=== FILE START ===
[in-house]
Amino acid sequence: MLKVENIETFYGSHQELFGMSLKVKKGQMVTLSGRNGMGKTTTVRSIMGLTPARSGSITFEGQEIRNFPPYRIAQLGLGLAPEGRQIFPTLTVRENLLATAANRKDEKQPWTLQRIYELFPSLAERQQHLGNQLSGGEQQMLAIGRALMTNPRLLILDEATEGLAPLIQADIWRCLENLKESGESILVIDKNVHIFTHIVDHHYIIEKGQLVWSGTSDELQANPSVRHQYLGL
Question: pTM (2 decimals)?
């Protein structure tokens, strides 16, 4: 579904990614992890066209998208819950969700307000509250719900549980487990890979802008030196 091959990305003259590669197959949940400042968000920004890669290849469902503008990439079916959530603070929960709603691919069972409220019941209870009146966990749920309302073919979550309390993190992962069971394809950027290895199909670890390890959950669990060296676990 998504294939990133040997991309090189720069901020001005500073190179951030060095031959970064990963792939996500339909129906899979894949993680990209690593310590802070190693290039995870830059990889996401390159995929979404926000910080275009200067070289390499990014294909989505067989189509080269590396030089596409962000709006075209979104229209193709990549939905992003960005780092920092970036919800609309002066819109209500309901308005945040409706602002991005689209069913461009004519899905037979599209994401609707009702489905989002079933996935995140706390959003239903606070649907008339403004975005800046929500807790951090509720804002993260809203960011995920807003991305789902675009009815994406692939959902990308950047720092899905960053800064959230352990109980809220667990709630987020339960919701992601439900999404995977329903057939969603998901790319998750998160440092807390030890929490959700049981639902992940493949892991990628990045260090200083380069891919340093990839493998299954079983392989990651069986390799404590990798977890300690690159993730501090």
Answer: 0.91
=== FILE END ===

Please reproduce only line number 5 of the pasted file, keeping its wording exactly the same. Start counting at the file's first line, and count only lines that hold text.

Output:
Answer: 0.91